(A bit too comfy at the top).
First, a little history:
Last Wednesday, two researchers released an open source application called iPhone Tracker that pulls data from a hidden location history database contained in your iOS device's backup files saved on your PC. In English: they found a way to watch the iPhone track you.
The app can plot this information on a map, allowing you to see where your phone has been over the past year. iOS devices have been building this location database ever since iOS 4 was released last June.
A firestorm, then questions:
Privacy advocated fumed. "The iPhone is tracking you!" read headlines everywhere. Immediately thereafter, a few articles were released pointing out that Android tracks users as well, although, unlike on the iPhone, the phone allows for this function to be turned off.
After the dust had settled, a few tech journalists began asking the more sensible questions like, "What is Apple actually using this data for?" and "Can the feature really not be turned off?"
Alex Colon at PC Magazine claimed that he was able to turn off the feature on his iPhone by disabling Location Services, which makes it seem that tracking for both the Android and iPhone are easily disabled.
Updates like this from calm experts made the whole brouhaha over privacy concerns look overhyped, and yesterday Steve Jobs said as much. In a terse message on the message boards of Mac Rumors, he wrote that the iPhone doesn't track anyone. "The info circulating around is false," he wrote to a concerned iPhone user. And to the claim that Android doesn't track users, he wrote "Oh yes they do."
Too little too late:
(Steve Jobs being all cagey and condescending).
But this is some seriously obnoxious bulllshit on Jobs' behalf. Responding with three sentences to a serious claim of privacy invasion is supremely condescending to the millions of people who own iPhones. Whether or not the feature is disable-able and whether or not Android is tracking you too is irrelevent to the issue at hand: Apple's guilt. And the iPhone does track users, so Jobs' response was a lie at the very least.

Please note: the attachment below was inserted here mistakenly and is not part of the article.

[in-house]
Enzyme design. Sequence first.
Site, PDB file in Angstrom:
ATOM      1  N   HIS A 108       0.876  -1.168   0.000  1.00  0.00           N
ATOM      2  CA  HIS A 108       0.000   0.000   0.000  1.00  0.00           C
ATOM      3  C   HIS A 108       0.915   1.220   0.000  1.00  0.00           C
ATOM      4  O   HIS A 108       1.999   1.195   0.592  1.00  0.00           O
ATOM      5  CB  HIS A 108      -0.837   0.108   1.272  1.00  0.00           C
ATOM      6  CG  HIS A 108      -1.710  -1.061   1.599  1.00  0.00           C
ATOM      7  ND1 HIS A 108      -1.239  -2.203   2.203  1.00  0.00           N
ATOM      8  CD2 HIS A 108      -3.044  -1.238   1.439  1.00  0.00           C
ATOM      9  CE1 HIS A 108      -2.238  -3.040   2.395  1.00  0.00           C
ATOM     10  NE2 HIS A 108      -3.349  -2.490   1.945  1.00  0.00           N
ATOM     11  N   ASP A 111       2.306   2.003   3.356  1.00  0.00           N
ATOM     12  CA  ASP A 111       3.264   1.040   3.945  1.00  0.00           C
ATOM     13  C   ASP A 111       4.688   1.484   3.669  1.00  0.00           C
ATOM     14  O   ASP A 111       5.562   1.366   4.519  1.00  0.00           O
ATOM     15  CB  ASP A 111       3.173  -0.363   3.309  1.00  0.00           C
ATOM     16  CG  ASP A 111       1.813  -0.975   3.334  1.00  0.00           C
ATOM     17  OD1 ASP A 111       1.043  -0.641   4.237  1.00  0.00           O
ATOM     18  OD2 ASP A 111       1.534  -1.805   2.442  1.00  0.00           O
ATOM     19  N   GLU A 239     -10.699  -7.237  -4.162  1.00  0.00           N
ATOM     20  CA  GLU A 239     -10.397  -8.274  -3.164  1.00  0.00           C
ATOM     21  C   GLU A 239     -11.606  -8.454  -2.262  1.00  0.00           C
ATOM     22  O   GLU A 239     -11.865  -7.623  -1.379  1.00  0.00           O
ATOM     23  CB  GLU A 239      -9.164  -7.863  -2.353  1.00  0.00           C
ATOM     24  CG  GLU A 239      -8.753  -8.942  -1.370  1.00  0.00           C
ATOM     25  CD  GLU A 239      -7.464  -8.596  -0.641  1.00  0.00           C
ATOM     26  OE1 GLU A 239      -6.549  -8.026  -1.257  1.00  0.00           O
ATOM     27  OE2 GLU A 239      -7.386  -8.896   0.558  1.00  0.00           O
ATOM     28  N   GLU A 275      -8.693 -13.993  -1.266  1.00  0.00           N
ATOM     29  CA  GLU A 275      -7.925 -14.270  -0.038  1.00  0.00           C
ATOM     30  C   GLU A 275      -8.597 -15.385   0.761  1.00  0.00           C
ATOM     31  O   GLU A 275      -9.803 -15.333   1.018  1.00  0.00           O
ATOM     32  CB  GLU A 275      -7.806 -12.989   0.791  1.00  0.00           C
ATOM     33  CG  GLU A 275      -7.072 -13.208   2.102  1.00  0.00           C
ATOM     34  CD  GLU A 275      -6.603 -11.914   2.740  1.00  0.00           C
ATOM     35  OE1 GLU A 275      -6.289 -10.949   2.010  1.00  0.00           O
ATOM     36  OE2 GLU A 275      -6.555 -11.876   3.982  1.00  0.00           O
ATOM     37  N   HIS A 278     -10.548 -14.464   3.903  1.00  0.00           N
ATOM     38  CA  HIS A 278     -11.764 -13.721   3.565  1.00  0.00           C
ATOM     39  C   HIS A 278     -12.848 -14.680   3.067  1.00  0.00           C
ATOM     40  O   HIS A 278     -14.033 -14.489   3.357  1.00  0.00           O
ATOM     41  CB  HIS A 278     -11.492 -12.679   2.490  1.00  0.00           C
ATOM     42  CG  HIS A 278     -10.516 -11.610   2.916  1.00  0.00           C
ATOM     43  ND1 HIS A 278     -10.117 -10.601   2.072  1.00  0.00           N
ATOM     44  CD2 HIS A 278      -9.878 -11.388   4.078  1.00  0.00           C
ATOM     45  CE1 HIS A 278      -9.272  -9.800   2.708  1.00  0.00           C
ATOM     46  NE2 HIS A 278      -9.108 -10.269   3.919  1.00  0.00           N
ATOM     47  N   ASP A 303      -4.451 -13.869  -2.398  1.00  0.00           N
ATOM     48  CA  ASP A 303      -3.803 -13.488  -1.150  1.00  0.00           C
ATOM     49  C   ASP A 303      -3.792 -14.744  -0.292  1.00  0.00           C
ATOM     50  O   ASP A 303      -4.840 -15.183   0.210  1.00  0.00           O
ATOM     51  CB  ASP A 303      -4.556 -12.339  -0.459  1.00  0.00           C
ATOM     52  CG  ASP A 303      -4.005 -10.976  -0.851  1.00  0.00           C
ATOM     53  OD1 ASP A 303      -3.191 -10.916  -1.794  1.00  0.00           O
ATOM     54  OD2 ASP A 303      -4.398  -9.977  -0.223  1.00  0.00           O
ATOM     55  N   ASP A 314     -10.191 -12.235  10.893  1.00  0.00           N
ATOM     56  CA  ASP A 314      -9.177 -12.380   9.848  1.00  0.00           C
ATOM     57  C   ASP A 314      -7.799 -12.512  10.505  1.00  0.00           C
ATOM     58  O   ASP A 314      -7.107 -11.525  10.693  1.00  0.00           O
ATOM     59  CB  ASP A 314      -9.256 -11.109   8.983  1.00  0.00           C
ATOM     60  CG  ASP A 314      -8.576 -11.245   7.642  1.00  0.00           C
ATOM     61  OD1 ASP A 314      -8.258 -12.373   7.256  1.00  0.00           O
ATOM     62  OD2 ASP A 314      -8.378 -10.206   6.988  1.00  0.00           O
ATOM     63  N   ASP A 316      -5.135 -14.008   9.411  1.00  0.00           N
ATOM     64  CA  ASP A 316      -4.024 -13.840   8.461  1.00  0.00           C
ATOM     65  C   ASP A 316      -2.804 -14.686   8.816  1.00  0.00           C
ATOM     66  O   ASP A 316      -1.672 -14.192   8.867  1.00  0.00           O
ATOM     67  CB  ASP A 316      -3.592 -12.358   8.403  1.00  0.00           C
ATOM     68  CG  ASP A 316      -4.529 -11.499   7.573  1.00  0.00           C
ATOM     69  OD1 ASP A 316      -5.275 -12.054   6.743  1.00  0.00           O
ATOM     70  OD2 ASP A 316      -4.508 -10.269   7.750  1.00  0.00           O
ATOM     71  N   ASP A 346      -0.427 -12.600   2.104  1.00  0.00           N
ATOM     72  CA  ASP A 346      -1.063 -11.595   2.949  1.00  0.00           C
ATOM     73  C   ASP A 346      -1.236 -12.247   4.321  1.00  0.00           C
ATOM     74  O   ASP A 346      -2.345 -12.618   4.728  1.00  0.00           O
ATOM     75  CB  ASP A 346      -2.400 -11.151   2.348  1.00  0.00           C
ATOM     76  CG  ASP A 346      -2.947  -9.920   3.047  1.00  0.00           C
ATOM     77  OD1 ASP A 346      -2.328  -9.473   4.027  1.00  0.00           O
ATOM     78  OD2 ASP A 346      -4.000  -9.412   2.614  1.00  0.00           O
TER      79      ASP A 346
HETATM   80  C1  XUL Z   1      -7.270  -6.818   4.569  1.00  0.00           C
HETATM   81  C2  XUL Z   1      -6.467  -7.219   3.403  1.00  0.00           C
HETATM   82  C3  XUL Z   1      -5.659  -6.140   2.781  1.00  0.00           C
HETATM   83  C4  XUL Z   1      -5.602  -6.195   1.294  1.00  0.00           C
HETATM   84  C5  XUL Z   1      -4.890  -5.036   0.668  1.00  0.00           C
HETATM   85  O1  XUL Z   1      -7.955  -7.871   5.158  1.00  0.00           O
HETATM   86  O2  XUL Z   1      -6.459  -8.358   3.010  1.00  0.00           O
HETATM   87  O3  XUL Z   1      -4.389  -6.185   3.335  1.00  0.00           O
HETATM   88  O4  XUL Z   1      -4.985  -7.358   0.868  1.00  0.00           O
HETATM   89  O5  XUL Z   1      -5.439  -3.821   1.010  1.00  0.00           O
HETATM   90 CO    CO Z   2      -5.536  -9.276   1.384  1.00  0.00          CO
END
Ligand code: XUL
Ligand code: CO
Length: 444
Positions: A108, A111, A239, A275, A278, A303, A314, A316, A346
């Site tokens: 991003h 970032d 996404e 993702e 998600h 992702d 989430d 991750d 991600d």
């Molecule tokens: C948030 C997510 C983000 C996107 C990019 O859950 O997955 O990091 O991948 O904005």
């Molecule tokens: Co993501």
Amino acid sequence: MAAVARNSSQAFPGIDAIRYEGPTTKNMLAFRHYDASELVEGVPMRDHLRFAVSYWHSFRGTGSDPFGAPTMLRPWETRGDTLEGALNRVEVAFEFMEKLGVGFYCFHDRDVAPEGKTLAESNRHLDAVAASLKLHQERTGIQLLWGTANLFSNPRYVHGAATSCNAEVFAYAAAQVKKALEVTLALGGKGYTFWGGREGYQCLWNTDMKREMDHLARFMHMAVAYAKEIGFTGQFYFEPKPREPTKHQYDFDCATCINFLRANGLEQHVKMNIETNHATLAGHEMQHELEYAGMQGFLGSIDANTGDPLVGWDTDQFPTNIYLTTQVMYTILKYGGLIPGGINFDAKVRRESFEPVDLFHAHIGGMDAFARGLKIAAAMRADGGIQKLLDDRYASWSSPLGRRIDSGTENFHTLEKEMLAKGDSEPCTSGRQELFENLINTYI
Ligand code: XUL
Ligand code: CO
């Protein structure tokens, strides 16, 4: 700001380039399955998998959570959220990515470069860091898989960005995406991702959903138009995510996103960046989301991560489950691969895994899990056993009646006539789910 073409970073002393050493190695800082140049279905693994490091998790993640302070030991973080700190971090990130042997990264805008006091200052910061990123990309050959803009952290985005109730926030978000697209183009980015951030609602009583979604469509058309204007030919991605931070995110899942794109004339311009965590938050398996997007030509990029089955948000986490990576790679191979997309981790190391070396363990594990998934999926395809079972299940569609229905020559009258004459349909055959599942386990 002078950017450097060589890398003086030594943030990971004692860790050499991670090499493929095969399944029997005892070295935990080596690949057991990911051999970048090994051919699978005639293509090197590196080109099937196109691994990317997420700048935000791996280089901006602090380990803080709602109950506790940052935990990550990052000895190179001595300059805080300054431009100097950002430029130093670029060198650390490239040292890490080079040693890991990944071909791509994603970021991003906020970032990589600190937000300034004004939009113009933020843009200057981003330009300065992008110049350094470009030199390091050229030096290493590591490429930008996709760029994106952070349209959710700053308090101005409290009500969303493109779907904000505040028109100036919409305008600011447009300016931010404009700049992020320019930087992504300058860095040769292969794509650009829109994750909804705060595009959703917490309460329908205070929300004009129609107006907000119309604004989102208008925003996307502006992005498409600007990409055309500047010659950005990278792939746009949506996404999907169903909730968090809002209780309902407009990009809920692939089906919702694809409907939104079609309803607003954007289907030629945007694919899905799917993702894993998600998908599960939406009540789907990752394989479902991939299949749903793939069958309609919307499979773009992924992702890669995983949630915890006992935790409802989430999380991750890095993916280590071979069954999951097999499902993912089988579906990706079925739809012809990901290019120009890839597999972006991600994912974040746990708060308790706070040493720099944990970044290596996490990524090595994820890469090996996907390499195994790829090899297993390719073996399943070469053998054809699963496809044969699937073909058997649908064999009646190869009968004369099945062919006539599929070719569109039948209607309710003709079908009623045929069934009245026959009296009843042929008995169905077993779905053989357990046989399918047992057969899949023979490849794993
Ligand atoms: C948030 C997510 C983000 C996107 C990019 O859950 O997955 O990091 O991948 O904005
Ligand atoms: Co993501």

The issue of privacy is something that is important to everyone. While stories about the latest scandal may seem overcooked and fearmongering, the basic truth exists that people shouldn't be tracked without their approval, and that approval should be made more explicit than a single paragraph in Apple's warrantee agreement. When you activate "Latitude" in Android, for example, an email is sent to your account notifying you that your phone is now sending location-based information to cell phone towers. This is the very least Apple could do.
Steve Jobs Could Do So Much More:
Jobs could explain how to turn the feature off. He could re-assure users that an update will allow for the feature to be turned off, or for it not to transfer the data to your iTunes, or leave it unencrypted. But, instead, he tried to deflect the blame and focus the media's attention on Android. Android, at least, notifies its users when its tracking them and allows them to easily disable said software.
Listen, Steve: We know it must be hard to run a
secret service operation company, man, but you could do a little more to reassure our privacy concerns than the terse few sentences above. We don't think you're evil, necessarily, but your silence on this issue is baffling at the very least, and may be even seen as criminal in the coming months. Speak now or forever hold your peace.